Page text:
Here are some more "special" Bibles -
- The Denial Bible -
Oxford's 1792 edition of the Bible asserted that someone called Phillip, not Peter, was the apostle who denied Jesus three times.
- The Fool Bible -
Published during the reign of Charles I, the Fool's Bible clearly states that "The fool hath said in his heart that there is a God" (Psalms 14). The omission of that crucial "no" cost the printers a £1000 fine.
- The Forgotten Sins Bible -
Printed in 1638. Luke 7 - "Her sins which are many, are forgotten". Forgiven, surely?
- The Idle Bible -
An 1809 edition which refers to "the idle shepherd", rather than the idol shepherd.
- The Judas Bible -
Published 1611. Matthew 27, reads - "Then cometh Judas with them unto a place called Gethsemane, and saith unto the disciples, Sit ye here, while I go and pray yonder." You say Judas, I say Jesus; You say tomayto, I say tomahto...
- The Lions Bible -
Published in 1804, the Lions Bible is a veritable treasure trove of howlers. Numbers 25 - "The murderer shall surely be put together" (as opposed to "to death"); Galatians 5 - "For the flesh lusteth after the Spirit" (against the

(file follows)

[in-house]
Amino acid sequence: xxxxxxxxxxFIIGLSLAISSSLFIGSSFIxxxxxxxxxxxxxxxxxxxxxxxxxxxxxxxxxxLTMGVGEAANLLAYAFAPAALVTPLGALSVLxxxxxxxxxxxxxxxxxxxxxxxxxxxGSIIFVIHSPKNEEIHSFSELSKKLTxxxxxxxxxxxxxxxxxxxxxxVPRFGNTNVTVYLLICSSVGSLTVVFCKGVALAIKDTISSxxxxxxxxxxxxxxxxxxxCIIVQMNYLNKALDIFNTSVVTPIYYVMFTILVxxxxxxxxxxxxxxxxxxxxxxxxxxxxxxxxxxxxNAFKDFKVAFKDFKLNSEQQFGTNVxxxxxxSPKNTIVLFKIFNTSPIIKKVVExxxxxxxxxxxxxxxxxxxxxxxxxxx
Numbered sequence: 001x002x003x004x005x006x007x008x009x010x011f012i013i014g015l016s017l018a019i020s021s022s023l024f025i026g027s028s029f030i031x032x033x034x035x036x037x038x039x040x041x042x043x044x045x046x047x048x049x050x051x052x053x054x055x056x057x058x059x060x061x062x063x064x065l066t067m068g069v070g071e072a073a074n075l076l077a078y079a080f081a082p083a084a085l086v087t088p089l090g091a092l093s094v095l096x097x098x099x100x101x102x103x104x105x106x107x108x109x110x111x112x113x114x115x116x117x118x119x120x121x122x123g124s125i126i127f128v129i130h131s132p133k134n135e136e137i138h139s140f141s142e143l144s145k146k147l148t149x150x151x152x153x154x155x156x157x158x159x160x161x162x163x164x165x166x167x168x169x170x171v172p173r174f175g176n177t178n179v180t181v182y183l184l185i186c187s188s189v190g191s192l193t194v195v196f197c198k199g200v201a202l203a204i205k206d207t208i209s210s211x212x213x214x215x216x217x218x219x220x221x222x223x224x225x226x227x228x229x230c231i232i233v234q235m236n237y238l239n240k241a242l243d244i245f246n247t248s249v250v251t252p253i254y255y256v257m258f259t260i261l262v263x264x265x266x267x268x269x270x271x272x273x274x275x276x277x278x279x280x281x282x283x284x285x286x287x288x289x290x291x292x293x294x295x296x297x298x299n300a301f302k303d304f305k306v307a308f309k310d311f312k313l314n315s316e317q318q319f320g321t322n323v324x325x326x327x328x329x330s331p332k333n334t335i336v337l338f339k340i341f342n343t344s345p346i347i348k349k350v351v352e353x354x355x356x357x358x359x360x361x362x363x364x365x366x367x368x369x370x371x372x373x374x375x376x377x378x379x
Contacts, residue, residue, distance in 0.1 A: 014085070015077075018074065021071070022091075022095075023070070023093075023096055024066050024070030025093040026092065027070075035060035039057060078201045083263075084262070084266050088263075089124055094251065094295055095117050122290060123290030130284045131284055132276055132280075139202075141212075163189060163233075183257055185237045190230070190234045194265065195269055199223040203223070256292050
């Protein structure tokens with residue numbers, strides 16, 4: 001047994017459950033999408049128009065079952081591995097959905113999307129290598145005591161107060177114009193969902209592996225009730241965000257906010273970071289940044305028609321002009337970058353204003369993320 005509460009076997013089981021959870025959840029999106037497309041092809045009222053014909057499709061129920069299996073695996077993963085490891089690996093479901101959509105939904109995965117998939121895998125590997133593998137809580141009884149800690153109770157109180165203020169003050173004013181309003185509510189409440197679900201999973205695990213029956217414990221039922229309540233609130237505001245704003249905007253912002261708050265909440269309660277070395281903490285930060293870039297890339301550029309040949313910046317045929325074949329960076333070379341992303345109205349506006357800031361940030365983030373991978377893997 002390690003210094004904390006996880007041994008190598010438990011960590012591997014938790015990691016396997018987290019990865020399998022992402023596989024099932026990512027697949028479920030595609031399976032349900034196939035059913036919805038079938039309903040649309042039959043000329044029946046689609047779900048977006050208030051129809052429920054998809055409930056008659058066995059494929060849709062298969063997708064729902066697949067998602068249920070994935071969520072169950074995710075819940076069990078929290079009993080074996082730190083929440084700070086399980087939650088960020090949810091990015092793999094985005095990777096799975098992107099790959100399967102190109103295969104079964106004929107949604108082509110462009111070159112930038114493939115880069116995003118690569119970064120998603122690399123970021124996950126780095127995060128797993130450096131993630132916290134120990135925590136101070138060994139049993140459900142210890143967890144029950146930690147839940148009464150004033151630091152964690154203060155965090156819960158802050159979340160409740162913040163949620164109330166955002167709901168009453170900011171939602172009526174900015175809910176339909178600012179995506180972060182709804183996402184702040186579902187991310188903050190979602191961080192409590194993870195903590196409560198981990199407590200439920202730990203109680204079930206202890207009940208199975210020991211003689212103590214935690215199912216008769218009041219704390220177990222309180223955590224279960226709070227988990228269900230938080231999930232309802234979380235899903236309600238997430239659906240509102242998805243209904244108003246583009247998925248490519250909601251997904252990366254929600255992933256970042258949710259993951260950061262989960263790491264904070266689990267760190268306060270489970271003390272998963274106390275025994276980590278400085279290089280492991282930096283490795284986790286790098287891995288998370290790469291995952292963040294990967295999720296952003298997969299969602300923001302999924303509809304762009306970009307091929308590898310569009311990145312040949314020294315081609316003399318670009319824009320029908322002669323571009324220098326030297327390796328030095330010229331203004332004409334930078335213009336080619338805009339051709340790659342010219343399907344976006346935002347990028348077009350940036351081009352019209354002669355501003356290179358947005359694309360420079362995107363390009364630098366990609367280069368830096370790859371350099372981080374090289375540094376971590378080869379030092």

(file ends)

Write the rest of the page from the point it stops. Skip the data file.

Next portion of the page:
Spirit...), and most notably, Kings 8 - "but thy son that shall come forth out of thy lions"...
- The "Sin on" Bible -
An Irish edition of 1716 contains a tiny but significant typo - John 5, 14, reads "sin on more", rather than "sin no more". No-one noticed the error until 8000 copies had been printed and bound.
- The "To Remain" Bible -
Another effort from Cambridge, this time printed in 1805. They excelled themselves with this one, by adding to the Bible's text, rather than mangling or omitting parts of it. A proofreader queried the comma towards the end of Galatians 4, 29, which should read "persecuted him that was born after the spirit, even so it is now". The Editor pencilled a reply in the margin reading "to remain", and the text was dutifully changed to "born after the spirit, to remain even so it is now."
It would seem that Hell is full of printers
Brewer's Dictionary Of Phrase And Fable